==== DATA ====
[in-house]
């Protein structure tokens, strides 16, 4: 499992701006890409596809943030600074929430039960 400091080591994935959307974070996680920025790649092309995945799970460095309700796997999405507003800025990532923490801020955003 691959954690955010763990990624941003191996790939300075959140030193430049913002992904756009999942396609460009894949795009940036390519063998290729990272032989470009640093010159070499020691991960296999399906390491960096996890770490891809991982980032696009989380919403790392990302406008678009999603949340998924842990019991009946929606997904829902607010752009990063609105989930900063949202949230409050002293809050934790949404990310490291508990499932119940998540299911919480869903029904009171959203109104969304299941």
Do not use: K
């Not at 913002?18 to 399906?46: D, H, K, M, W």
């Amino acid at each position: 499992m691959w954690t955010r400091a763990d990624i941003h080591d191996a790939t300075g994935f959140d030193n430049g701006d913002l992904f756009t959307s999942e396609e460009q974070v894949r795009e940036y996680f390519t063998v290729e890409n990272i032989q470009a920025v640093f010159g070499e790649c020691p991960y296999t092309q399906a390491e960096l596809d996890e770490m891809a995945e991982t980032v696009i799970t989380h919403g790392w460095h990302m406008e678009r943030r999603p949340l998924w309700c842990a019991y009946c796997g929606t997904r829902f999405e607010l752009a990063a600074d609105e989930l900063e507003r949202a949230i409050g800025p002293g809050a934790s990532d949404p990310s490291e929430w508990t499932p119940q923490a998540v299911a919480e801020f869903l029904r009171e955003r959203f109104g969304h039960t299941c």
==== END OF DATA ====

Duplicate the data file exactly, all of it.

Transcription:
[in-house]
């Protein structure tokens, strides 16, 4: 499992701006890409596809943030600074929430039960 400091080591994935959307974070996680920025790649092309995945799970460095309700796997999405507003800025990532923490801020955003 691959954690955010763990990624941003191996790939300075959140030193430049913002992904756009999942396609460009894949795009940036390519063998290729990272032989470009640093010159070499020691991960296999399906390491960096996890770490891809991982980032696009989380919403790392990302406008678009999603949340998924842990019991009946929606997904829902607010752009990063609105989930900063949202949230409050002293809050934790949404990310490291508990499932119940998540299911919480869903029904009171959203109104969304299941």
Do not use: K
């Not at 913002?18 to 399906?46: D, H, K, M, W």
């Amino acid at each position: 499992m691959w954690t955010r400091a763990d990624i941003h080591d191996a790939t300075g994935f959140d030193n430049g701006d913002l992904f756009t959307s999942e396609e460009q974070v894949r795009e940036y996680f390519t063998v290729e890409n990272i032989q470009a920025v640093f010159g070499e790649c020691p991960y296999t092309q399906a390491e960096l596809d996890e770490m891809a995945e991982t980032v696009i799970t989380h919403g790392w460095h990302m406008e678009r943030r999603p949340l998924w309700c842990a019991y009946c796997g929606t997904r829902f999405e607010l752009a990063a600074d609105e989930l900063e507003r949202a949230i409050g800025p002293g809050a934790s990532d949404p990310s490291e929430w508990t499932p119940q923490a998540v299911a919480e801020f869903l029904r009171e955003r959203f109104g969304h039960t299941c």